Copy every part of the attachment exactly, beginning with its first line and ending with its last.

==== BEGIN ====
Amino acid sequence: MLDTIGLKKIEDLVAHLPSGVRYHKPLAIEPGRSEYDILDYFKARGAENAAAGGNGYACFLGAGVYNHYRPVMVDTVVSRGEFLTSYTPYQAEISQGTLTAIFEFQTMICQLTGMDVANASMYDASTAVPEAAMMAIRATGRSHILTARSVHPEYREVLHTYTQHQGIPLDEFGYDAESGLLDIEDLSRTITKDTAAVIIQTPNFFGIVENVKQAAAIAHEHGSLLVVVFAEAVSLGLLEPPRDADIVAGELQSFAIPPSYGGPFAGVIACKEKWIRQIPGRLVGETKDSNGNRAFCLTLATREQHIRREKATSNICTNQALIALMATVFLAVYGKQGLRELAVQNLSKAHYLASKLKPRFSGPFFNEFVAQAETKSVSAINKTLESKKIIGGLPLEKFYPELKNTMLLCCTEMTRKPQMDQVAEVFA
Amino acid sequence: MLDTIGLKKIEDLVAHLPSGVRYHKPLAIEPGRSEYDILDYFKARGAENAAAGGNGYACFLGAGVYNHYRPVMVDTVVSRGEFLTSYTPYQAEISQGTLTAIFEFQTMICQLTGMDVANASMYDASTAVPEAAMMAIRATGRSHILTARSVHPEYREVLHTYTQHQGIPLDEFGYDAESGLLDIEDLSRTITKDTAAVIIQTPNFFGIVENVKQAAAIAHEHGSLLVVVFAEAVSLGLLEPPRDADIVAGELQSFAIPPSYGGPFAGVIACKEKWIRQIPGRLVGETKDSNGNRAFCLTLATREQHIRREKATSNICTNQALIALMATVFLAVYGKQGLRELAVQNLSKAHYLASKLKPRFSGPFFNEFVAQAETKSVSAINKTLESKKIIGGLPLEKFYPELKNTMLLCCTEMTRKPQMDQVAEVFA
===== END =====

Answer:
Amino acid sequence: MLDTIGLKKIEDLVAHLPSGVRYHKPLAIEPGRSEYDILDYFKARGAENAAAGGNGYACFLGAGVYNHYRPVMVDTVVSRGEFLTSYTPYQAEISQGTLTAIFEFQTMICQLTGMDVANASMYDASTAVPEAAMMAIRATGRSHILTARSVHPEYREVLHTYTQHQGIPLDEFGYDAESGLLDIEDLSRTITKDTAAVIIQTPNFFGIVENVKQAAAIAHEHGSLLVVVFAEAVSLGLLEPPRDADIVAGELQSFAIPPSYGGPFAGVIACKEKWIRQIPGRLVGETKDSNGNRAFCLTLATREQHIRREKATSNICTNQALIALMATVFLAVYGKQGLRELAVQNLSKAHYLASKLKPRFSGPFFNEFVAQAETKSVSAINKTLESKKIIGGLPLEKFYPELKNTMLLCCTEMTRKPQMDQVAEVFA
Amino acid sequence: MLDTIGLKKIEDLVAHLPSGVRYHKPLAIEPGRSEYDILDYFKARGAENAAAGGNGYACFLGAGVYNHYRPVMVDTVVSRGEFLTSYTPYQAEISQGTLTAIFEFQTMICQLTGMDVANASMYDASTAVPEAAMMAIRATGRSHILTARSVHPEYREVLHTYTQHQGIPLDEFGYDAESGLLDIEDLSRTITKDTAAVIIQTPNFFGIVENVKQAAAIAHEHGSLLVVVFAEAVSLGLLEPPRDADIVAGELQSFAIPPSYGGPFAGVIACKEKWIRQIPGRLVGETKDSNGNRAFCLTLATREQHIRREKATSNICTNQALIALMATVFLAVYGKQGLRELAVQNLSKAHYLASKLKPRFSGPFFNEFVAQAETKSVSAINKTLESKKIIGGLPLEKFYPELKNTMLLCCTEMTRKPQMDQVAEVFA